What You Never Knew About the Women and Girls of the American Revolution
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Listen up! You've all heard about the great men who led and fought during the American Revolution; but did you know that the guys only make up part of the story? What about the women? The girls? The dames? Didn't they play a part?
Of course they did, and with page after page of superbly researched information and thoughtfully detailed illustrations, acclaimed novelist and picture-book author Laurie Halse Anderson and charismatic illustrator Matt Faulkner prove the case in this entertaining, informative, and long overdue homage to those independent dames!
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Reading Group Guide
By Laurie Halse Anderson
Illustrated by Matt Faulkner
This Who’s Who cast of women proves that it wasn’t just men who were responsible for the birth of this nation. Women dressed as men picked up muskets and took to the battlefields, some became scouts and spies, and others became fundraisers for the war effort. Still others took charge of the family businesses while the men were away at war.
Bring library books on the American Revolution to class. Ask students to look in the index of at least three titles and make note of the women mentioned in the books. Who were the women of note? How did they contribute to the war effort? Check out the number of women mentioned under the American Revolution in a U.S. History textbook. Keep this in mind while reading Independent Dames.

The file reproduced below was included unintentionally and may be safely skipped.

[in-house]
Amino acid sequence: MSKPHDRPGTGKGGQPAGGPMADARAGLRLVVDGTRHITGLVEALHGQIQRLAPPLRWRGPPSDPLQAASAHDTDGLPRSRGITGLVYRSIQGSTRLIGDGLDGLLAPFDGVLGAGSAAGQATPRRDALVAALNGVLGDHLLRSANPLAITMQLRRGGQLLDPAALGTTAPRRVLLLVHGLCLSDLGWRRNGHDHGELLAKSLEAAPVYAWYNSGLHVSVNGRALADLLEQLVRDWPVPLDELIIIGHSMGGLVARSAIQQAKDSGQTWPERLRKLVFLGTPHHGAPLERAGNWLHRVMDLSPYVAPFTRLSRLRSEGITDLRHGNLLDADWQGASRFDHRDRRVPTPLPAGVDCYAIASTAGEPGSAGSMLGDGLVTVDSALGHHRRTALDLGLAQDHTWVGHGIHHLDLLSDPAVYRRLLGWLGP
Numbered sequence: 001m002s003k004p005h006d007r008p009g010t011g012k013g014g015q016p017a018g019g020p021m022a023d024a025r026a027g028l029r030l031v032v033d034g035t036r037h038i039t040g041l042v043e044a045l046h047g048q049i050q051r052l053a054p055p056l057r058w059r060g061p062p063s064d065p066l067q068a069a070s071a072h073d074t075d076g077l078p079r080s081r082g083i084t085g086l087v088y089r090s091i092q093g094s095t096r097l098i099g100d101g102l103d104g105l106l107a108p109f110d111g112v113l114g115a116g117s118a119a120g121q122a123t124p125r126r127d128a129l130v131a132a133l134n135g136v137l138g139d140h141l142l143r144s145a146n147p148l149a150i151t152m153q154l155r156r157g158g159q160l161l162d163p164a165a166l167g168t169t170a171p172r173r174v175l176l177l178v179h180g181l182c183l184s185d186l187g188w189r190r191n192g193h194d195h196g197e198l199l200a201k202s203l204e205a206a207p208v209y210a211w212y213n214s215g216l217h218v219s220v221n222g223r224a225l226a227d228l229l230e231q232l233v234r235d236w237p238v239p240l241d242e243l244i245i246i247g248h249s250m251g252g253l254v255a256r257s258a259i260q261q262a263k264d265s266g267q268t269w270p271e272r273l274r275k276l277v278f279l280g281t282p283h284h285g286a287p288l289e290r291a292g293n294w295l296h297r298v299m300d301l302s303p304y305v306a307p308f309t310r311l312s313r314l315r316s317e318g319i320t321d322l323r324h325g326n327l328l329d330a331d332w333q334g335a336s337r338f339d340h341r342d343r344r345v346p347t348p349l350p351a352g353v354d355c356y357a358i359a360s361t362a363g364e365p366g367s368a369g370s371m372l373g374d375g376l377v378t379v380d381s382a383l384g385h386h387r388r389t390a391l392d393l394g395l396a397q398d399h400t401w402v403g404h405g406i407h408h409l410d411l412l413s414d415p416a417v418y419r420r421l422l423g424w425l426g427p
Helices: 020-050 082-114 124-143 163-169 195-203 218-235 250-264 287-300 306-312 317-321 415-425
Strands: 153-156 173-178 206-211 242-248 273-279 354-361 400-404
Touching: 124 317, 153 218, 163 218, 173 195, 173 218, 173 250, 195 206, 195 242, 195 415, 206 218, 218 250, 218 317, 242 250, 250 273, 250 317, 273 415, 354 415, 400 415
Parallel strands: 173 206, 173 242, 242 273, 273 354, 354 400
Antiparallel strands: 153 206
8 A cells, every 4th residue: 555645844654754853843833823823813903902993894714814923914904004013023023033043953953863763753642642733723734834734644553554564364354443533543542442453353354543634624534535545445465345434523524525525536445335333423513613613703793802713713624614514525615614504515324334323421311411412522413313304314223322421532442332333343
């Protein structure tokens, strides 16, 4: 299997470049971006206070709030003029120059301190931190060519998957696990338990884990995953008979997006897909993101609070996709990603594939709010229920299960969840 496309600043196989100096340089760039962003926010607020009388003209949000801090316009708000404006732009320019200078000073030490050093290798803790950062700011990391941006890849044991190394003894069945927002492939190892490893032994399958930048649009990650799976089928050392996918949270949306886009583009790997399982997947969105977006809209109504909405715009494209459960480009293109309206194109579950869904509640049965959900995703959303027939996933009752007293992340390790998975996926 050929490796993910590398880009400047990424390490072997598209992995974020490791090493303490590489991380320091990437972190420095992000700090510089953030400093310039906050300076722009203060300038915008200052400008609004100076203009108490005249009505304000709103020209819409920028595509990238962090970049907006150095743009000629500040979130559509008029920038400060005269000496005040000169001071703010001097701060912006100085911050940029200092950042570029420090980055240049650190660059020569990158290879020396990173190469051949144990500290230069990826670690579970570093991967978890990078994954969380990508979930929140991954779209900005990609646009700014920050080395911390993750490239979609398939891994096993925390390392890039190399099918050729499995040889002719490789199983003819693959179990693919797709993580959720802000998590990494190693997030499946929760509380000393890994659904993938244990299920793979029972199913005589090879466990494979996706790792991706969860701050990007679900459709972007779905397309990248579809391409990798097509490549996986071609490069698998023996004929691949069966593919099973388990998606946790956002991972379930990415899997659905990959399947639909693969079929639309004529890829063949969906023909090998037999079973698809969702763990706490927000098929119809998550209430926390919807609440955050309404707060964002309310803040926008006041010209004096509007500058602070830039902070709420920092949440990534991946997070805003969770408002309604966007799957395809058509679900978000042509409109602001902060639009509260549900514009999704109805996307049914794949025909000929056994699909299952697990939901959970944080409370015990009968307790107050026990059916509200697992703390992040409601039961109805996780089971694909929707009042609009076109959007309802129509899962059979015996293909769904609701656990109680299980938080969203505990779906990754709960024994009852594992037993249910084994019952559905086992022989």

- Anderson presents Independent Dames as a school play. How do the dialogue bubbles make the book modern and funny? Discuss the section of the book where Anderson acts as narrator. The “story” of the play unveils what really happened with the women during the American Revolution. Compare Anderson’s writing style as “narrator” to her style as she reports the facts of the story. What is the purpose of the time line at the bottom of each page?